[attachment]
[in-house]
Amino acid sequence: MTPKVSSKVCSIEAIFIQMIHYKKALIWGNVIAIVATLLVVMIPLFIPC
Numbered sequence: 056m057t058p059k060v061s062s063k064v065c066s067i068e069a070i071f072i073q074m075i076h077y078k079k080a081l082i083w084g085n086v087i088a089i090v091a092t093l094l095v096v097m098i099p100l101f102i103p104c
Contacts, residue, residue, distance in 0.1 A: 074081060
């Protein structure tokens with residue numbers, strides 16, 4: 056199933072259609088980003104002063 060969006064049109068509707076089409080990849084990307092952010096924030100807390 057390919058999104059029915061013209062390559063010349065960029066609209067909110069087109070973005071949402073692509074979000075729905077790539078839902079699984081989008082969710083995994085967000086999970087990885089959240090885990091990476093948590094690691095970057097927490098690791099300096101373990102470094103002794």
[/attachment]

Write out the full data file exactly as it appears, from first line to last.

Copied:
[in-house]
Amino acid sequence: MTPKVSSKVCSIEAIFIQMIHYKKALIWGNVIAIVATLLVVMIPLFIPC
Numbered sequence: 056m057t058p059k060v061s062s063k064v065c066s067i068e069a070i071f072i073q074m075i076h077y078k079k080a081l082i083w084g085n086v087i088a089i090v091a092t093l094l095v096v097m098i099p100l101f102i103p104c
Contacts, residue, residue, distance in 0.1 A: 074081060
């Protein structure tokens with residue numbers, strides 16, 4: 056199933072259609088980003104002063 060969006064049109068509707076089409080990849084990307092952010096924030100807390 057390919058999104059029915061013209062390559063010349065960029066609209067909110069087109070973005071949402073692509074979000075729905077790539078839902079699984081989008082969710083995994085967000086999970087990885089959240090885990091990476093948590094690691095970057097927490098690791099300096101373990102470094103002794």